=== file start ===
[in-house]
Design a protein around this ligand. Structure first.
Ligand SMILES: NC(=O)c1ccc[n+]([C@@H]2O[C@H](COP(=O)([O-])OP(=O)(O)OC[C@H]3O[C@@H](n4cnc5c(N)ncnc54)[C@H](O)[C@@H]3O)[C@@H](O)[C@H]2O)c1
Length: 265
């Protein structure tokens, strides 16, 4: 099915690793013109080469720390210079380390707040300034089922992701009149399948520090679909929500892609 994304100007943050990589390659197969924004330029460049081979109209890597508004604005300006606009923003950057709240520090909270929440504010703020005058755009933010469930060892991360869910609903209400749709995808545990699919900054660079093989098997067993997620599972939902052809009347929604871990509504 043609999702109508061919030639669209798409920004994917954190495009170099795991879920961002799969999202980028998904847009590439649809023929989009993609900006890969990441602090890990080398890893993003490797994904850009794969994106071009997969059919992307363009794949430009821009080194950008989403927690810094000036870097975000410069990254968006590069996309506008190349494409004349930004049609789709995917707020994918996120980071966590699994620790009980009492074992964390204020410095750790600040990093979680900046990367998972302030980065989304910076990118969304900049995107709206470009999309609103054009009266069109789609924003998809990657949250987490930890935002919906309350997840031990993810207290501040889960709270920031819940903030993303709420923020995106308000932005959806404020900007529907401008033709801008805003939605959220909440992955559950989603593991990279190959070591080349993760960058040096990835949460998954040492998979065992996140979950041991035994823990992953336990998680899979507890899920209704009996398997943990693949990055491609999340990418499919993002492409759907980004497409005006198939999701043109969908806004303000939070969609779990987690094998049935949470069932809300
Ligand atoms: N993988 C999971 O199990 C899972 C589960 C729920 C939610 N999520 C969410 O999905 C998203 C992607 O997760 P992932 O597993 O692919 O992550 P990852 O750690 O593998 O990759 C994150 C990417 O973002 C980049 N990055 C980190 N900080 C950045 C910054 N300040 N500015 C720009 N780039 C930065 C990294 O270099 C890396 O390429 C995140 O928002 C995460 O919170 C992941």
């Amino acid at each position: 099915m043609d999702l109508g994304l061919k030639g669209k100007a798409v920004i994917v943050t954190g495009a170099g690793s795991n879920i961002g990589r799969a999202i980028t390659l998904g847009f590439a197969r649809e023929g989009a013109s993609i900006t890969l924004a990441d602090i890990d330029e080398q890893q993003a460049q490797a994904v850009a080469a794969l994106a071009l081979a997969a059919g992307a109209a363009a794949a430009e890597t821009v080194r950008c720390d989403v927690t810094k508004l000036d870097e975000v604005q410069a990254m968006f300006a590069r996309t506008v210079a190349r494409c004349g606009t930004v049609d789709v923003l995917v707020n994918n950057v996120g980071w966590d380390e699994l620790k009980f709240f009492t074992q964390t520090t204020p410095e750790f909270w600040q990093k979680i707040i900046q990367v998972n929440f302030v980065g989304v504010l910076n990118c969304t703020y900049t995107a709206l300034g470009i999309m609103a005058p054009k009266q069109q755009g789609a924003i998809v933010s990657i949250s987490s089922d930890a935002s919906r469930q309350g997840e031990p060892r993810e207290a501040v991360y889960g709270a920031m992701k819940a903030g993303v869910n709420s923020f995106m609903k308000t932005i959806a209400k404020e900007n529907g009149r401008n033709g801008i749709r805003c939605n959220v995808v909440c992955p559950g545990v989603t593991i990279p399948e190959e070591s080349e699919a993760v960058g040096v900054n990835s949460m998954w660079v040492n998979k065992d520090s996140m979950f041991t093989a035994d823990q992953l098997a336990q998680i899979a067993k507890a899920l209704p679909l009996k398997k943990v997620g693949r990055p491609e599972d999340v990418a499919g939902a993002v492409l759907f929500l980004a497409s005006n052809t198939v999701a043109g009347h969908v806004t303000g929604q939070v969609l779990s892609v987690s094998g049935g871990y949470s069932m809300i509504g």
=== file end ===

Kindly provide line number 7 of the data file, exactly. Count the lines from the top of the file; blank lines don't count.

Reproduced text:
């Amino acid at each position: 099915m043609d999702l109508g994304l061919k030639g669209k100007a798409v920004i994917v943050t954190g495009a170099g690793s795991n879920i961002g990589r799969a999202i980028t390659l998904g847009f590439a197969r649809e023929g989009a013109s993609i900006t890969l924004a990441d602090i890990d330029e080398q890893q993003a460049q490797a994904v850009a080469a794969l994106a071009l081979a997969a059919g992307a109209a363009a794949a430009e890597t821009v080194r950008c720390d989403v927690t810094k508004l000036d870097e975000v604005q410069a990254m968006f300006a590069r996309t506008v210079a190349r494409c004349g606009t930004v049609d789709v923003l995917v707020n994918n950057v996120g980071w966590d380390e699994l620790k009980f709240f009492t074992q964390t520090t204020p410095e750790f909270w600040q990093k979680i707040i900046q990367v998972n929440f302030v980065g989304v504010l910076n990118c969304t703020y900049t995107a709206l300034g470009i999309m609103a005058p054009k009266q069109q755009g789609a924003i998809v933010s990657i949250s987490s089922d930890a935002s919906r469930q309350g997840e031990p060892r993810e207290a501040v991360y889960g709270a920031m992701k819940a903030g993303v869910n709420s923020f995106m609903k308000t932005i959806a209400k404020e900007n529907g009149r401008n033709g801008i749709r805003c939605n959220v995808v909440c992955p559950g545990v989603t593991i990279p399948e190959e070591s080349e699919a993760v960058g040096v900054n990835s949460m998954w660079v040492n998979k065992d520090s996140m979950f041991t093989a035994d823990q992953l098997a336990q998680i899979a067993k507890a899920l209704p679909l009996k398997k943990v997620g693949r990055p491609e599972d999340v990418a499919g939902a993002v492409l759907f929500l980004a497409s005006n052809t198939v999701a043109g009347h969908v806004t303000g929604q939070v969609l779990s892609v987690s094998g049935g871990y949470s069932m809300i509504g």